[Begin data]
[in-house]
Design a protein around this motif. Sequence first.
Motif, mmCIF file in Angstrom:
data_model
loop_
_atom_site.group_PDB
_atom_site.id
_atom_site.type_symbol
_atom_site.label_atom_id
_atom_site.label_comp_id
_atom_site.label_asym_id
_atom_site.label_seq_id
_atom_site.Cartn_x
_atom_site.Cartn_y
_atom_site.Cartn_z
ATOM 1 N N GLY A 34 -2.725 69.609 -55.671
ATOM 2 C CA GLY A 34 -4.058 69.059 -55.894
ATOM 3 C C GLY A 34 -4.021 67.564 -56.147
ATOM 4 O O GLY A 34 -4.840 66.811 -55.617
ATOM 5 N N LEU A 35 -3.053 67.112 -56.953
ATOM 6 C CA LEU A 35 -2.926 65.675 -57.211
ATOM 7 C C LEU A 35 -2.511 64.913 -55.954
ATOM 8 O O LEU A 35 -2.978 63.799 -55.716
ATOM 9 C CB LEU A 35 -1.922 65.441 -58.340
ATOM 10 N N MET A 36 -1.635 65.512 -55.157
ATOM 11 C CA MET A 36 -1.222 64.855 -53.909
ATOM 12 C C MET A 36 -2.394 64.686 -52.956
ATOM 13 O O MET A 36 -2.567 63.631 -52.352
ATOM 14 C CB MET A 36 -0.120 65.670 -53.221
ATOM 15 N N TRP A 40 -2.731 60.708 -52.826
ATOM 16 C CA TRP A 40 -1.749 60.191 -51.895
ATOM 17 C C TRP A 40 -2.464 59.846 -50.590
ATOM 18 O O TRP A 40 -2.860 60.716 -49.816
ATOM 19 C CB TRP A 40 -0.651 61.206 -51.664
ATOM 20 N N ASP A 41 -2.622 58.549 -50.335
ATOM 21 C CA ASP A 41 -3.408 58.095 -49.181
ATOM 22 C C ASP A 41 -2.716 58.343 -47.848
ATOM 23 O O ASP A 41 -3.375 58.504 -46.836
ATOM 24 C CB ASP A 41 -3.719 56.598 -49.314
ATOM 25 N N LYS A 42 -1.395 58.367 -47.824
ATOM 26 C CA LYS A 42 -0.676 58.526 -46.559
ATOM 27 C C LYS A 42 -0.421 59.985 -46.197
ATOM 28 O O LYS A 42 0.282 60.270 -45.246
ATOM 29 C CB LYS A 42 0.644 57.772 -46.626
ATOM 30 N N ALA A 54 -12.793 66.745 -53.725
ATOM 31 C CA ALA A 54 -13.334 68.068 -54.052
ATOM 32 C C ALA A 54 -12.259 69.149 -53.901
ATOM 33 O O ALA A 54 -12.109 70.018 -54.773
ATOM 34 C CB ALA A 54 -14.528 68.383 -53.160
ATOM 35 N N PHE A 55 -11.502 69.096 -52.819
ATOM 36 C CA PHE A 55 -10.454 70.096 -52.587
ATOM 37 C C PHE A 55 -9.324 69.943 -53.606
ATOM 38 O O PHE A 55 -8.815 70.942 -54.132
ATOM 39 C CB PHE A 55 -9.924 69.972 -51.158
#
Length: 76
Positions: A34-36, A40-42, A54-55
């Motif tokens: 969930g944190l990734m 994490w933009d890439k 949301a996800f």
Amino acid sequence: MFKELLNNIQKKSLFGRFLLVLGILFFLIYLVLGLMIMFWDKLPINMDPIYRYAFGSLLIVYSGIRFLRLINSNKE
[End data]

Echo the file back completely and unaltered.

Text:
[in-house]
Design a protein around this motif. Sequence first.
Motif, mmCIF file in Angstrom:
data_model
loop_
_atom_site.group_PDB
_atom_site.id
_atom_site.type_symbol
_atom_site.label_atom_id
_atom_site.label_comp_id
_atom_site.label_asym_id
_atom_site.label_seq_id
_atom_site.Cartn_x
_atom_site.Cartn_y
_atom_site.Cartn_z
ATOM 1 N N GLY A 34 -2.725 69.609 -55.671
ATOM 2 C CA GLY A 34 -4.058 69.059 -55.894
ATOM 3 C C GLY A 34 -4.021 67.564 -56.147
ATOM 4 O O GLY A 34 -4.840 66.811 -55.617
ATOM 5 N N LEU A 35 -3.053 67.112 -56.953
ATOM 6 C CA LEU A 35 -2.926 65.675 -57.211
ATOM 7 C C LEU A 35 -2.511 64.913 -55.954
ATOM 8 O O LEU A 35 -2.978 63.799 -55.716
ATOM 9 C CB LEU A 35 -1.922 65.441 -58.340
ATOM 10 N N MET A 36 -1.635 65.512 -55.157
ATOM 11 C CA MET A 36 -1.222 64.855 -53.909
ATOM 12 C C MET A 36 -2.394 64.686 -52.956
ATOM 13 O O MET A 36 -2.567 63.631 -52.352
ATOM 14 C CB MET A 36 -0.120 65.670 -53.221
ATOM 15 N N TRP A 40 -2.731 60.708 -52.826
ATOM 16 C CA TRP A 40 -1.749 60.191 -51.895
ATOM 17 C C TRP A 40 -2.464 59.846 -50.590
ATOM 18 O O TRP A 40 -2.860 60.716 -49.816
ATOM 19 C CB TRP A 40 -0.651 61.206 -51.664
ATOM 20 N N ASP A 41 -2.622 58.549 -50.335
ATOM 21 C CA ASP A 41 -3.408 58.095 -49.181
ATOM 22 C C ASP A 41 -2.716 58.343 -47.848
ATOM 23 O O ASP A 41 -3.375 58.504 -46.836
ATOM 24 C CB ASP A 41 -3.719 56.598 -49.314
ATOM 25 N N LYS A 42 -1.395 58.367 -47.824
ATOM 26 C CA LYS A 42 -0.676 58.526 -46.559
ATOM 27 C C LYS A 42 -0.421 59.985 -46.197
ATOM 28 O O LYS A 42 0.282 60.270 -45.246
ATOM 29 C CB LYS A 42 0.644 57.772 -46.626
ATOM 30 N N ALA A 54 -12.793 66.745 -53.725
ATOM 31 C CA ALA A 54 -13.334 68.068 -54.052
ATOM 32 C C ALA A 54 -12.259 69.149 -53.901
ATOM 33 O O ALA A 54 -12.109 70.018 -54.773
ATOM 34 C CB ALA A 54 -14.528 68.383 -53.160
ATOM 35 N N PHE A 55 -11.502 69.096 -52.819
ATOM 36 C CA PHE A 55 -10.454 70.096 -52.587
ATOM 37 C C PHE A 55 -9.324 69.943 -53.606
ATOM 38 O O PHE A 55 -8.815 70.942 -54.132
ATOM 39 C CB PHE A 55 -9.924 69.972 -51.158
#
Length: 76
Positions: A34-36, A40-42, A54-55
């Motif tokens: 969930g944190l990734m 994490w933009d890439k 949301a996800f």
Amino acid sequence: MFKELLNNIQKKSLFGRFLLVLGILFFLIYLVLGLMIMFWDKLPINMDPIYRYAFGSLLIVYSGIRFLRLINSNKE